June 11, 2019
One of AP’s investigative fan-fiction journalists has written a piece explaining that the Hordes of Mordor won’t stop their march towards the the Land of Man despite Mexico’s border crackdown.
A near-death experience in the Arizona desert a year ago won’t deter Francisco Pérez from another attempt to migrate to the U.S., nor will an increased police presence in southern Mexico.
The 23-year-old Guatemalan teacher and auto mechanic hopes to set out again soon to repay the $7,000 he owes from his first trip, when he and two other young men got lost for a week in the desert before being rescued by the U.S. border patrol.
On the seventh day, facing severe dehydration, the group resorted to drinking their own urine.
“Each of us urinated in a bottle and then strained it with the corner of our pants,” said Pérez, rubbing his hands together as he recalled the day he thought would be his last.
Pérez spent two days in a U.S. hospital before being returned to Guatemala. During his short stay in Arizona, though, he caught a glimpse of houses with manicured lawns, orderly roads and fancy stores. Those images are like a siren’s song, calling him to what he believes would be a better life.
Before setting out for the U.S., he earned $100 a month as a teacher and had a girlfriend. Now she is with somebody else and he’s helping out in his father’s auto repair shop in his hometown of San Marcos, just a few miles from the border with Mexico.
“In the end I lost everything,” Pérez said.
Mexico has promised to deploy 6,000 National Guard troops to its southern border on Monday to deter Central Americans from trekking toward the American dream. About 1 percent of Guatemala’s population of some 16 million people have left the country this year, part of a wave of Central Americans fleeing poverty, violence and drought.
U.S. Border Patrol agents apprehended 132,887 migrants in May, the highest monthly figure in more than a decade. Many Central American migrants in recent months have been requesting asylum. The United States has returned more than 10,000 U.S. asylum seekers to Mexico since January under a program that requires migrants to wait in that country while their cases wind through U.S. courts. Thousands of Central Americans have also applied for asylum to start new lives in Mexico.
The sights of beautiful neighborhoods and the smell of man-flesh are like “a siren’s song” for orcs, calling them to ruin and eat all of it.
“We are really in front of a humanitarian tragedy,” Mexico’s ambassador to the U.S., Martha Bárcena, told CBS News’ Face the Nation on Sunday.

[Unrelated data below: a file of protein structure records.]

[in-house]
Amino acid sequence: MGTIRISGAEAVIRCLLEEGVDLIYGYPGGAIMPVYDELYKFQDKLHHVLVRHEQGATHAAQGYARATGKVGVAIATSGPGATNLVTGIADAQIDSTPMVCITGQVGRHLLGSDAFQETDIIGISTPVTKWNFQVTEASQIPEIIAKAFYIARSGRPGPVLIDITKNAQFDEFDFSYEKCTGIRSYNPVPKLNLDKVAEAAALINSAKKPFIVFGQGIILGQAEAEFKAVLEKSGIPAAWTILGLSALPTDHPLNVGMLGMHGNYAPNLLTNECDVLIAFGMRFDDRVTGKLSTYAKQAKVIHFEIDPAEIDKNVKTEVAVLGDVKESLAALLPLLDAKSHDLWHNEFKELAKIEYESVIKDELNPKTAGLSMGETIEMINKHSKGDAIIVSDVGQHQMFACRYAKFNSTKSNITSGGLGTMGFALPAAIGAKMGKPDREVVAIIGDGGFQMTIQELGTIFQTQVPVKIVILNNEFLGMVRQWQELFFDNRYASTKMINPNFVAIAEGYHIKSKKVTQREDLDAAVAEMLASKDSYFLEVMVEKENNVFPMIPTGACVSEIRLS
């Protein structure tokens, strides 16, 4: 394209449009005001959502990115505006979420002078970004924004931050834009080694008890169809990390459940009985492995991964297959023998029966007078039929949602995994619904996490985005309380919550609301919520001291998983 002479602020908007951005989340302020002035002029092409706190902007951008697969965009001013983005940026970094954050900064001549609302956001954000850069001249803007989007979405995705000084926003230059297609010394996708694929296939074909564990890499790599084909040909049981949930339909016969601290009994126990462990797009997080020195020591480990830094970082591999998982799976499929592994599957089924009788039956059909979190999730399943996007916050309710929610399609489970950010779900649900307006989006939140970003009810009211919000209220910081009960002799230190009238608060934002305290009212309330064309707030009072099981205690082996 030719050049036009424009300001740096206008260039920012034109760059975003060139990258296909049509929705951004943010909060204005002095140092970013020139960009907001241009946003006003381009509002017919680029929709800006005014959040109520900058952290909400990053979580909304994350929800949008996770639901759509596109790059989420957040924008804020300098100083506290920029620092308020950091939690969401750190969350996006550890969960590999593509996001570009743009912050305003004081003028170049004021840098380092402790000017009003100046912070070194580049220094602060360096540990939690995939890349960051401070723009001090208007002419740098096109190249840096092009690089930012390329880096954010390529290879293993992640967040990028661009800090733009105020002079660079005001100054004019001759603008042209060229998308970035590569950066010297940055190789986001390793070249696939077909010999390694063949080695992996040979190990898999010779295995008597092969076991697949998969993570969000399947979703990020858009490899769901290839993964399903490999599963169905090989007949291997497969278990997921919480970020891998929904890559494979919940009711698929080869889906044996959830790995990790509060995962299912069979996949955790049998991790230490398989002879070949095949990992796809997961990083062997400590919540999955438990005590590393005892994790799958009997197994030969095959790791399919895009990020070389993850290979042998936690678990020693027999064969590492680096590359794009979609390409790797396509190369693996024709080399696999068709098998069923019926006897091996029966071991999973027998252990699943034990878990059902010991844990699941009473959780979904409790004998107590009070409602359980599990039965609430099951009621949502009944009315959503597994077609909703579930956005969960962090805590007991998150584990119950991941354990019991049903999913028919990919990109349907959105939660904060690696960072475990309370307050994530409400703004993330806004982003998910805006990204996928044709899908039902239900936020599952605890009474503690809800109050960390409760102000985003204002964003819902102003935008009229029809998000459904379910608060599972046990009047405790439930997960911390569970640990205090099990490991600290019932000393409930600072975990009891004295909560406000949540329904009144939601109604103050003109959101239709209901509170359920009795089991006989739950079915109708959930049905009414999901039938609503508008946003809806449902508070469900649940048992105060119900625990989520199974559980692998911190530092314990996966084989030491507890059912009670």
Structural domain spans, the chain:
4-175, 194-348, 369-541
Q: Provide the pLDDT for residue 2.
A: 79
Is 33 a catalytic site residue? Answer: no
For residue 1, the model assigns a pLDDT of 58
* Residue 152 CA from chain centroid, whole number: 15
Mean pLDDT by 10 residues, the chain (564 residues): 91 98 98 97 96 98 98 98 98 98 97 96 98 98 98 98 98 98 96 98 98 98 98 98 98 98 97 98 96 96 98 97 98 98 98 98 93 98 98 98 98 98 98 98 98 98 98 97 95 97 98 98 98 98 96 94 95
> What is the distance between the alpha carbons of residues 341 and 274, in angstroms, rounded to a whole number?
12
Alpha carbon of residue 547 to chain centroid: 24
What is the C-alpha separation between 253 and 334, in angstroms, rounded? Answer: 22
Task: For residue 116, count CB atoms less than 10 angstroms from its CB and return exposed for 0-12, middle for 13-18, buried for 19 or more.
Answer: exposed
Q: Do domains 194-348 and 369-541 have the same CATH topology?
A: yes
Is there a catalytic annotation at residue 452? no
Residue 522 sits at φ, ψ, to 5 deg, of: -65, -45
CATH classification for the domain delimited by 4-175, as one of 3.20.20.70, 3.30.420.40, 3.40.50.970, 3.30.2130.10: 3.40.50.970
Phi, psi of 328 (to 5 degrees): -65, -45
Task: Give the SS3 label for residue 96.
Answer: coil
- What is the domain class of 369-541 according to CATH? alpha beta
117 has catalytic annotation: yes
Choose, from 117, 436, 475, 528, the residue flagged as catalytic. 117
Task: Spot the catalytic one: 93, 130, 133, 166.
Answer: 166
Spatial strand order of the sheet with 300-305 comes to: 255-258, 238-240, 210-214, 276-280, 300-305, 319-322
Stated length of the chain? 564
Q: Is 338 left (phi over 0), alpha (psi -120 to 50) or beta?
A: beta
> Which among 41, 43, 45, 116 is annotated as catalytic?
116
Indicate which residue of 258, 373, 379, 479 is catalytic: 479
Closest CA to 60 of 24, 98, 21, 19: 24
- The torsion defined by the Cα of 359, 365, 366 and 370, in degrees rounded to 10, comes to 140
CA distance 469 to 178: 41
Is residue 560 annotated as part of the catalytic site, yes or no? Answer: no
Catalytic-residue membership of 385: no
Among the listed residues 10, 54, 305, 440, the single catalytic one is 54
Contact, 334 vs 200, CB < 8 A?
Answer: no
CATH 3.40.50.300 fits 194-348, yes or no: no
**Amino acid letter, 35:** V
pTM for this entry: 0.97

Most Central American migrants come from rural areas, Bárcena noted, suggesting that Mexico and the U.S. should work together to address the root causes of migration rather than just enforcement.
Consider the insanity wrapped in that statement.
If someone is trying to break into your house to literally grab your stuff, it doesn’t really matter if they offer to mow your lawn in return because that can’t ever repay the cost of the stuff they take from you.
But apparently politicians expect you to help the enemy (give stuff to the enemy) so the enemy doesn’t need to attack you (take stuff from you), which defeats the whole purpose of resisting The Great Giveaway of America in the first place.
“They want your stuff, so if you don’t want them to take your stuff, give them some stuff so they don’t want to take your stuff anymore.”
Two Honduran migrants told The Associated Press on Sunday that they were robbed by Mexican officials of the little cash they had while on a bridge between Guatemala and Mexico. The migrants jumped into the Suchiate River to flee from the officials, who they said confiscated their identification documents, beat them and asked them for bribes to pass into Mexico.
“There’s tremendous corruption here,” said one of the men, Jose Romero, fighting back tears. “It’s sad to see all the Central American countries, instead of being united and helping us, they take the little that we have.”
Romero said his hometown of San Pedro Sula has become too violent and that work there is scarce. He said he’d take asylum from Mexico or any other country willing to offer him refuge.
“We’re honest, clean people, determined to work,” Romero said.
Yeah but here’s the thing, Romero. You and the likes of you are what make your countries so nightmarish. You may not consciously choose to turn your countries into Hell’s embassies but that’s just what you objectively do.
You may really just want to come and work, Romero, and you probably would work hard. But you’re incapable of doing anything but mowing lawns, and no matter how hard you work to mow all these lawns, you’re just not worth it.
If we had a caste of lawn mowers that were banned from having opinions on everything but lawn mowing, you wouldn’t be so problematic because, despite your inability to create civilization, you’d be kept from ruining things.
But we don’t have castes.
We have democracy.
Democracy means that your voice would be considered equal to the voices of the people who are not only capable of engaging in civilization but also capable of creating it.
You’d be a force pushing civilization towards collapse and you wouldn’t even realize it, just like none of you realized you were making your countries Hell until the flames engulfed all of you.